Leadership Lessons From P&G


Inevitably, when somebody learns I retired from Procter & Gamble, they ask me for insight into effective leadership. P&G has a reputation for nurturing and developing outstanding leaders. One of the key reasons is P&G Managers believe deeply in the Company’s promise of “Touching Lives, Improving Life”. To a P&Ger, this is a calling, not simply a statement. Over my 33-year career at P&G I had the opportunity to work with some outstanding leaders – John Smale, Ed Artzt, John Pepper, Durk Jager, A.G.Lafley, and Bob McDonald. Each nurtured a generation of amazing leaders that dedicated their energy to helping P&G fulfill the Company mission.

These leaders taught me a lot over the years. I thought it might be helpful to pass along some of the things I picked up in the process.

10 Lessons For Leaders

  1. Get to know people as individuals. Group activities are great for building teams, but one-on-one interactions build trust.
  2. Be predictable by being constant. It is okay to change your mind, but if you do, explain the rationale so people can trust you. Walk the talk.
  3. Never “take” credit. A leader gives credit to others. It is okay to accept credit, but you should never proactively take credit.
  4. Make certain expectations are clear. Most people want to succeed. It helps when they know what good looks like. Failure to deliver against fuzzy expectations is not the employee’s fault; it is the manager’s.
  5. Be open and honest even if it is uncomfortable. Hidden agendas never stay hidden and they breed mistrust. Take people into your confidence.
  6. Have your people’s back. Never let your employees take big risks alone. When something goes wrong, train in private; personally take the accountability in public.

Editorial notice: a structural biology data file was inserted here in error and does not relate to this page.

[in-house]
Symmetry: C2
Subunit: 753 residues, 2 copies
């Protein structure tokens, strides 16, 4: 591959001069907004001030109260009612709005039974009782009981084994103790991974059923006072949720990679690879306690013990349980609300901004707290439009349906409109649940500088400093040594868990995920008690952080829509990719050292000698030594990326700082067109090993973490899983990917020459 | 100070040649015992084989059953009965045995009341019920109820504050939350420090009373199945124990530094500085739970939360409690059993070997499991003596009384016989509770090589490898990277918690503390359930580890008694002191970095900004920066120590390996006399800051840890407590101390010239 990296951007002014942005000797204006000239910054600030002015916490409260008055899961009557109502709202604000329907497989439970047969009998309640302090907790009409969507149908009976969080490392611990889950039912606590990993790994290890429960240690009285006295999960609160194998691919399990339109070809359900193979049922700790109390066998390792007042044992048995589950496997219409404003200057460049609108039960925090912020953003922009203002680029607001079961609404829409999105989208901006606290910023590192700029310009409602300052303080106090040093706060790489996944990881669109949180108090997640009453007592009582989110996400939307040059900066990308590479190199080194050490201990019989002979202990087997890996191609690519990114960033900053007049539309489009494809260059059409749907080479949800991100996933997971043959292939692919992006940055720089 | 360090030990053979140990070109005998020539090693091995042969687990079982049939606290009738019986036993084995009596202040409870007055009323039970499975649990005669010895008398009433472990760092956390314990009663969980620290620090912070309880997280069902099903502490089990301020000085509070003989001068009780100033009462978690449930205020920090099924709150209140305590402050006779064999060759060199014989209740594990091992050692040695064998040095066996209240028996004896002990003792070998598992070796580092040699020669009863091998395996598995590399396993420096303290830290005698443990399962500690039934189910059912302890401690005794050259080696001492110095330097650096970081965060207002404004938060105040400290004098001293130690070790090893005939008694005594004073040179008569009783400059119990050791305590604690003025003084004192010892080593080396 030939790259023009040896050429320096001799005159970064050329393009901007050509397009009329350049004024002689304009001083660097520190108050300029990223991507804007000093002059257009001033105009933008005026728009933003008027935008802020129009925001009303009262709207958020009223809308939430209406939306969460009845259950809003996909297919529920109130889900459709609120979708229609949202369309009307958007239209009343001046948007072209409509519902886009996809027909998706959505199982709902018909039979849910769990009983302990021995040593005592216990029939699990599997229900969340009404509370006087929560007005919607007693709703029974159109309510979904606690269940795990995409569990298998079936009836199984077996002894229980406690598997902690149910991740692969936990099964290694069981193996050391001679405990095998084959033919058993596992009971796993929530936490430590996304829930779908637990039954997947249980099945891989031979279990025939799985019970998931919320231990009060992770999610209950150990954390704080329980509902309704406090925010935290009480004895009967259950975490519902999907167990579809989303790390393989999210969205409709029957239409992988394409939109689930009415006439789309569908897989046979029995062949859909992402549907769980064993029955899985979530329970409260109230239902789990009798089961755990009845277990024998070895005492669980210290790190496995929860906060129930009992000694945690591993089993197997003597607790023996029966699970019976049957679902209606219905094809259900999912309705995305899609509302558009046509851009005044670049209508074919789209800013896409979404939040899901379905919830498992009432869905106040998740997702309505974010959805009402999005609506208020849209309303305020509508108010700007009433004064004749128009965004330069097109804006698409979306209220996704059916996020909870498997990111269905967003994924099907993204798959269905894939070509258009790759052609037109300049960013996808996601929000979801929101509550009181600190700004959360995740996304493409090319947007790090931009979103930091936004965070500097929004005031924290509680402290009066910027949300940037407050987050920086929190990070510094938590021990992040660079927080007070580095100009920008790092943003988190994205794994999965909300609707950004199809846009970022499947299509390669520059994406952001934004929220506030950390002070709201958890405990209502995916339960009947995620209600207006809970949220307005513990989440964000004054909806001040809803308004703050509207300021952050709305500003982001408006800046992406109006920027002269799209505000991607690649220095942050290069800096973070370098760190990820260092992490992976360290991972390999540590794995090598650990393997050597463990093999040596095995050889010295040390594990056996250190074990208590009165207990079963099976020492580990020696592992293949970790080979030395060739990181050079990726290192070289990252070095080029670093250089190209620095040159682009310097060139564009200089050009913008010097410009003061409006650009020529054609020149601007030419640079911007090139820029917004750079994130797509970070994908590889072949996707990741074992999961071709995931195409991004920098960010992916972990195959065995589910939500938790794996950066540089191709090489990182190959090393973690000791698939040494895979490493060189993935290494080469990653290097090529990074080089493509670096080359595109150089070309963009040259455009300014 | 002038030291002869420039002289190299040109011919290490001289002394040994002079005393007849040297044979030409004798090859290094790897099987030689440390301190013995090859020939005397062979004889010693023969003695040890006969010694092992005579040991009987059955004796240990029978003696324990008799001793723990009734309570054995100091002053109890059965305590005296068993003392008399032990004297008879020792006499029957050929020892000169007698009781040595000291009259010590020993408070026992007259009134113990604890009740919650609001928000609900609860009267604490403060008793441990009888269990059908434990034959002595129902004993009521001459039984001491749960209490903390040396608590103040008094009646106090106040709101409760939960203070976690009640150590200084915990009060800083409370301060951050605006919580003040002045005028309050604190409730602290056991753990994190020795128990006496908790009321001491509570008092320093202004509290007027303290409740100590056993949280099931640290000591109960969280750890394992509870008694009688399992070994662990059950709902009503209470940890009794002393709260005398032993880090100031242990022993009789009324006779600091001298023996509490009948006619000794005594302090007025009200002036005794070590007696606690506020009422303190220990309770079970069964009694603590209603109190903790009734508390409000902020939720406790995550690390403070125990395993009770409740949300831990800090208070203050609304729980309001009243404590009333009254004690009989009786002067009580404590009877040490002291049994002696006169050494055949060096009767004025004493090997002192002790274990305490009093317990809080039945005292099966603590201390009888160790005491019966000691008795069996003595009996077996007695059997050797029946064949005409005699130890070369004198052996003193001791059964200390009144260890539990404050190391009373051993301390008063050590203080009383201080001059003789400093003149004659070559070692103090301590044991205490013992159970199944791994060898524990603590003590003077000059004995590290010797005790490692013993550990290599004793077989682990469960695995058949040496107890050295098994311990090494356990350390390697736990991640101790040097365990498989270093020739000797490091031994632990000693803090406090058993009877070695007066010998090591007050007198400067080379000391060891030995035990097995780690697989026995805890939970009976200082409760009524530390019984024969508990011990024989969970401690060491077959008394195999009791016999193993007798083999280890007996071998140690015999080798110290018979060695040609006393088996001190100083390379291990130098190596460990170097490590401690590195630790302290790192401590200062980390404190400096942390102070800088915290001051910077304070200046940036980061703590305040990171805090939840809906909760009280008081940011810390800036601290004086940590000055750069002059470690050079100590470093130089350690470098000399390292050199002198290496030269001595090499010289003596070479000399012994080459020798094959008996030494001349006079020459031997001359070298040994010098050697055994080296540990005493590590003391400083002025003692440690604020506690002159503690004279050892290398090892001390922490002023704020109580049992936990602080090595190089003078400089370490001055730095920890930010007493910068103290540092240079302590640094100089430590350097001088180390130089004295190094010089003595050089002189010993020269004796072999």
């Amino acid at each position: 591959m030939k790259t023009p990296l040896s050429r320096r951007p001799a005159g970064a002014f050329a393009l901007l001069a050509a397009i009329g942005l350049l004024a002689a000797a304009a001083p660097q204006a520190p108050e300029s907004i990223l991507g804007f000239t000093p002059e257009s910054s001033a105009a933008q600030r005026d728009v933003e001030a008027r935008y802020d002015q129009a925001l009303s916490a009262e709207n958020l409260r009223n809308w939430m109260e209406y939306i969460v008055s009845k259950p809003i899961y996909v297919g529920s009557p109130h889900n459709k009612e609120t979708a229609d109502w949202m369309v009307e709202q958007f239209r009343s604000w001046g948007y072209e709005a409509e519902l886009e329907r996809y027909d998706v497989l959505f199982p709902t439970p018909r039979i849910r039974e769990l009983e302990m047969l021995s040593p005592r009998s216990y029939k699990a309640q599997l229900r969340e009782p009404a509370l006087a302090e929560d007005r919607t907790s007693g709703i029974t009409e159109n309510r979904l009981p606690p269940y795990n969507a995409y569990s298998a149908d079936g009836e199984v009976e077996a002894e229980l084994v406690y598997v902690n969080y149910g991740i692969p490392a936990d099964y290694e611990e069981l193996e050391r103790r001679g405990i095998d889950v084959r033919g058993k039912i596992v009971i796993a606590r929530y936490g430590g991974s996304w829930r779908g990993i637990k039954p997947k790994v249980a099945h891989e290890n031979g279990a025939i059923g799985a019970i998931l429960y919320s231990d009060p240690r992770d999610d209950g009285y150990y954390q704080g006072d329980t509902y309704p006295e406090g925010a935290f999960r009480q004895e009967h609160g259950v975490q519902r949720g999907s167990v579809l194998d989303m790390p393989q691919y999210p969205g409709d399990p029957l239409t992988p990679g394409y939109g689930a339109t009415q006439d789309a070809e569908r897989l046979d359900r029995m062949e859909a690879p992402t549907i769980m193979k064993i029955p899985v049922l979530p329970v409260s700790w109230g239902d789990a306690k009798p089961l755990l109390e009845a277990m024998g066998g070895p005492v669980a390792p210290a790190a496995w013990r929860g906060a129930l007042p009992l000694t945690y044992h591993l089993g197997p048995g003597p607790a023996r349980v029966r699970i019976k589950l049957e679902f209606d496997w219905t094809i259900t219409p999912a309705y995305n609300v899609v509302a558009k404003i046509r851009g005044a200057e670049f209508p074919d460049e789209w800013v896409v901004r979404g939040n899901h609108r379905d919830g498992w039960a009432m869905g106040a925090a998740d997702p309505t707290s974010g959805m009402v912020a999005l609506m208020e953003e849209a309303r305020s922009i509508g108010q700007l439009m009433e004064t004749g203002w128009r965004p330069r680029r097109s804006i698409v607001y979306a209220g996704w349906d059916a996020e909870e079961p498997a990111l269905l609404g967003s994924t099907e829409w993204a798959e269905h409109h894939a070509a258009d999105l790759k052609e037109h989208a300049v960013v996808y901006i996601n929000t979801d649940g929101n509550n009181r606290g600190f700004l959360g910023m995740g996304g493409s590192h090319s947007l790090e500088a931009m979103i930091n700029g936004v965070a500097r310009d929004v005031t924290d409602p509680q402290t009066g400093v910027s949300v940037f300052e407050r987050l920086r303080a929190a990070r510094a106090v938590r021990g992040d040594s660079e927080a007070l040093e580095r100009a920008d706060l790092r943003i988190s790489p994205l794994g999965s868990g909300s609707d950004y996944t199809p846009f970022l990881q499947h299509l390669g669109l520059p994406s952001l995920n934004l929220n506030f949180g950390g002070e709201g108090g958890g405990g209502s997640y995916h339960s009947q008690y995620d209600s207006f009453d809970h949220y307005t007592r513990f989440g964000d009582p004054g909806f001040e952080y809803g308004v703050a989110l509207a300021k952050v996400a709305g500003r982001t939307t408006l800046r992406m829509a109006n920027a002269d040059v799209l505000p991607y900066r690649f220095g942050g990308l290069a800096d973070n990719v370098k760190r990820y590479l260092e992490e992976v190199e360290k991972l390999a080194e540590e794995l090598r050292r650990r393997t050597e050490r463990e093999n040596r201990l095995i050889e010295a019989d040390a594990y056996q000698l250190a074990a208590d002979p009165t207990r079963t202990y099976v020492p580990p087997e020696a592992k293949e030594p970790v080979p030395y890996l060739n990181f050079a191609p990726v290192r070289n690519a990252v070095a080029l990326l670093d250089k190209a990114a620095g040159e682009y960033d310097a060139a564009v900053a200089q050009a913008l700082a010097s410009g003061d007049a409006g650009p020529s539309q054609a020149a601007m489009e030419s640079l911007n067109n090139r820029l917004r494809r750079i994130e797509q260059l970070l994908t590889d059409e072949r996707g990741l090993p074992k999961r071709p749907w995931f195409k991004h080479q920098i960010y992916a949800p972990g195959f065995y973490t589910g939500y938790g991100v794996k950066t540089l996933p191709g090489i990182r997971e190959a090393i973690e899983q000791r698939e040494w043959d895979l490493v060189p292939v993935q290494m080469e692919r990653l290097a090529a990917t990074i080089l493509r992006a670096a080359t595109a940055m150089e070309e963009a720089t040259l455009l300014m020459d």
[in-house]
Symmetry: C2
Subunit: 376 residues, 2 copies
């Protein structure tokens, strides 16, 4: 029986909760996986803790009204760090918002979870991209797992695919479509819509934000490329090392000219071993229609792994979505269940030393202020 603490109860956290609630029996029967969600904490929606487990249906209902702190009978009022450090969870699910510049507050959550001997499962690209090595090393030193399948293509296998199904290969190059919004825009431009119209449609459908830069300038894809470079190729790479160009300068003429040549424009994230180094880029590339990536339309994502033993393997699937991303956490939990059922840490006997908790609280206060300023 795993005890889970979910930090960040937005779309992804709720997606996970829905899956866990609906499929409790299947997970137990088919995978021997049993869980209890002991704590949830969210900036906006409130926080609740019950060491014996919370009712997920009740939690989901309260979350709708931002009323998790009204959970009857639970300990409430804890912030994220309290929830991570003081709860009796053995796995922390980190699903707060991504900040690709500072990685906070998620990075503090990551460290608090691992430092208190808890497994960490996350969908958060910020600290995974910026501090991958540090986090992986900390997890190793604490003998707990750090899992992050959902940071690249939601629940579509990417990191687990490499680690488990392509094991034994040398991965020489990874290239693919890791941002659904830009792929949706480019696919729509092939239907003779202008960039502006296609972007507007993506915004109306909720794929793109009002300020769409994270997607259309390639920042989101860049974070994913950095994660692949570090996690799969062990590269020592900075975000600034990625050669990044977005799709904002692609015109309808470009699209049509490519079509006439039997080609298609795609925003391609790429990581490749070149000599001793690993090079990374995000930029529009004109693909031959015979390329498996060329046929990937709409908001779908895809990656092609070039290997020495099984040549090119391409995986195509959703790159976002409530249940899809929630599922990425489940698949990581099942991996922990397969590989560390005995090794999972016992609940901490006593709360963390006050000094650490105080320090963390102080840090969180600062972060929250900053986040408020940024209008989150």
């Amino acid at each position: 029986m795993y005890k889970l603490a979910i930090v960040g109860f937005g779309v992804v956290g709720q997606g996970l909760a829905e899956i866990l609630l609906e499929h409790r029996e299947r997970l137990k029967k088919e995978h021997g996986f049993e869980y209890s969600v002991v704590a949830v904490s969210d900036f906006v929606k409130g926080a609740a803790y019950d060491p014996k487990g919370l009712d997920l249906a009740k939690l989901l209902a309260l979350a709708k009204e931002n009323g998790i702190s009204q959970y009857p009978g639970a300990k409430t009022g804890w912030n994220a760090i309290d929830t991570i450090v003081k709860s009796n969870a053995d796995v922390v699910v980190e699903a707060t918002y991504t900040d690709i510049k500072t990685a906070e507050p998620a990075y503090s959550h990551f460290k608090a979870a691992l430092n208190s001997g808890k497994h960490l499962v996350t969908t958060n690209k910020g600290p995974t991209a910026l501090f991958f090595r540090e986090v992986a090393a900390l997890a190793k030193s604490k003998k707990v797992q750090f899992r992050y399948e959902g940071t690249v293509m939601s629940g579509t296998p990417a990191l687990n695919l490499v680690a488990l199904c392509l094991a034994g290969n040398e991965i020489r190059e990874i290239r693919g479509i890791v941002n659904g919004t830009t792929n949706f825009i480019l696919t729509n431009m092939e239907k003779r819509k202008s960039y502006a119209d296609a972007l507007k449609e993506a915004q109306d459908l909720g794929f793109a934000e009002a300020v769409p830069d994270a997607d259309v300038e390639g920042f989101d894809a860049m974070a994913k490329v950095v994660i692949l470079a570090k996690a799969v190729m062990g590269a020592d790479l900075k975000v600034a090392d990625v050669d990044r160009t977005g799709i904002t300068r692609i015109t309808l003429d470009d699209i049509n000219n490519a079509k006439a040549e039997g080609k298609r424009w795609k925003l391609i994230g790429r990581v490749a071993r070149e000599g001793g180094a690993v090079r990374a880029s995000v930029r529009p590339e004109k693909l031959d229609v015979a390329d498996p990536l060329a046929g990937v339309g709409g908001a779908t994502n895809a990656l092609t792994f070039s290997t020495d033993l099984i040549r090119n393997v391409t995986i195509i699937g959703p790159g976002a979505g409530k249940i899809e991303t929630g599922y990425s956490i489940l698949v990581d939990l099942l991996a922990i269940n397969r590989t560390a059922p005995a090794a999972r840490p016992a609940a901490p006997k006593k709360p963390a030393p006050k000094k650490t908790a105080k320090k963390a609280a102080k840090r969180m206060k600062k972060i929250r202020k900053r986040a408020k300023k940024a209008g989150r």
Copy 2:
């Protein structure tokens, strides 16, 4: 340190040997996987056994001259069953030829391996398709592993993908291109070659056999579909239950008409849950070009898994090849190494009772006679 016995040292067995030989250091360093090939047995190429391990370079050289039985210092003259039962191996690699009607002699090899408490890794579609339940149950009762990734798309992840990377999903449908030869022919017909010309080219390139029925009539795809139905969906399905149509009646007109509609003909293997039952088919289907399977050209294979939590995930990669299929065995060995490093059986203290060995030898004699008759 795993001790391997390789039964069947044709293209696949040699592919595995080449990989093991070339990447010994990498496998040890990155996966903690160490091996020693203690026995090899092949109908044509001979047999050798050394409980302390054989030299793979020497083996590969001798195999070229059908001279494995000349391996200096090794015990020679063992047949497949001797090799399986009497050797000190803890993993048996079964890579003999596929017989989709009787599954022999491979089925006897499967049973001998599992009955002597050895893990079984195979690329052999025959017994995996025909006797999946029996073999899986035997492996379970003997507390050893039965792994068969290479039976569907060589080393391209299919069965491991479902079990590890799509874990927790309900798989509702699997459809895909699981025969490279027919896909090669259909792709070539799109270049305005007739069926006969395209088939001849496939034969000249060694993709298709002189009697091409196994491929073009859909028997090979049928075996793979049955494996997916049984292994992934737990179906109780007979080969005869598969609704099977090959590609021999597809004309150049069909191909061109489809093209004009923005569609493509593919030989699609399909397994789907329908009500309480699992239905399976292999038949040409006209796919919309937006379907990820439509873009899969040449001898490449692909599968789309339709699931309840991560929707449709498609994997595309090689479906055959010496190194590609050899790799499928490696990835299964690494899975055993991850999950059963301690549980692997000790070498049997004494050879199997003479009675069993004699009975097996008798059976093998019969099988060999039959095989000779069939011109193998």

7. Listen for cries of help and respond quickly. When your employees raise a problem to your attention, it is usually viewed as a big issue in their mind. Take action so it doesn’t end up growing into a big problem in your mind.
  8. Take a personal interest in your people’s success and let them know you are doing so. When employees understand you genuinely care about their well-being and career advancement, they will give you their best performance.
  9. Be a good listener. Encourage others to talk about themselves and make them feel important. Be sincere in your comments and give your full attention.
  10. If you are wrong, say so quickly and emphatically. On the other hand if you believe somebody else is wrong, don’t shut down conversation by telling them so. Instead, seek to understand why they believe the way the do.

The above are just a few of the things successful leaders at P&G do consistently. I want to amplify Tip #3 a bit by sharing a personal story.

In one particular training session, the facilitator commented that in a typical week in an average work place, an employee would hear 20 negative comments from their manager for every positive one given. That claim really seemed unrealistic to me, so when I went back to my office I decided to track the number of negative and positive comments I received and gave in a week. I purposefully did not change my behavior so the test could be as valid as possible. I discovered the claim was actually conservative. In the course of a week I found myself in a number of project reviews where we focused on what was going wrong and the negative messages flowed. I also found it was rare that the opportunity to give praise would occur naturally. My ratio was closer to 100 negative comments for every positive. On the flip side, I also found that I went the entire week without every receiving a single positive comment from my one up manager. I decided to make a change in my behavior and set a goal of giving at least one positive comment to each of my direct reports each day. To be clear, as simple as it sounds it was hard to execute. I had to track it and make time every day. The opportunities for giving positive feedback had to be created. Ultimately, I adopted a practice of starting every meeting with the question “What has gone right on this project this week that we should celebrate?” As this approach became a habit, it didn’t reverse the ratio of negative to positive comments, but did make a meaningful difference.


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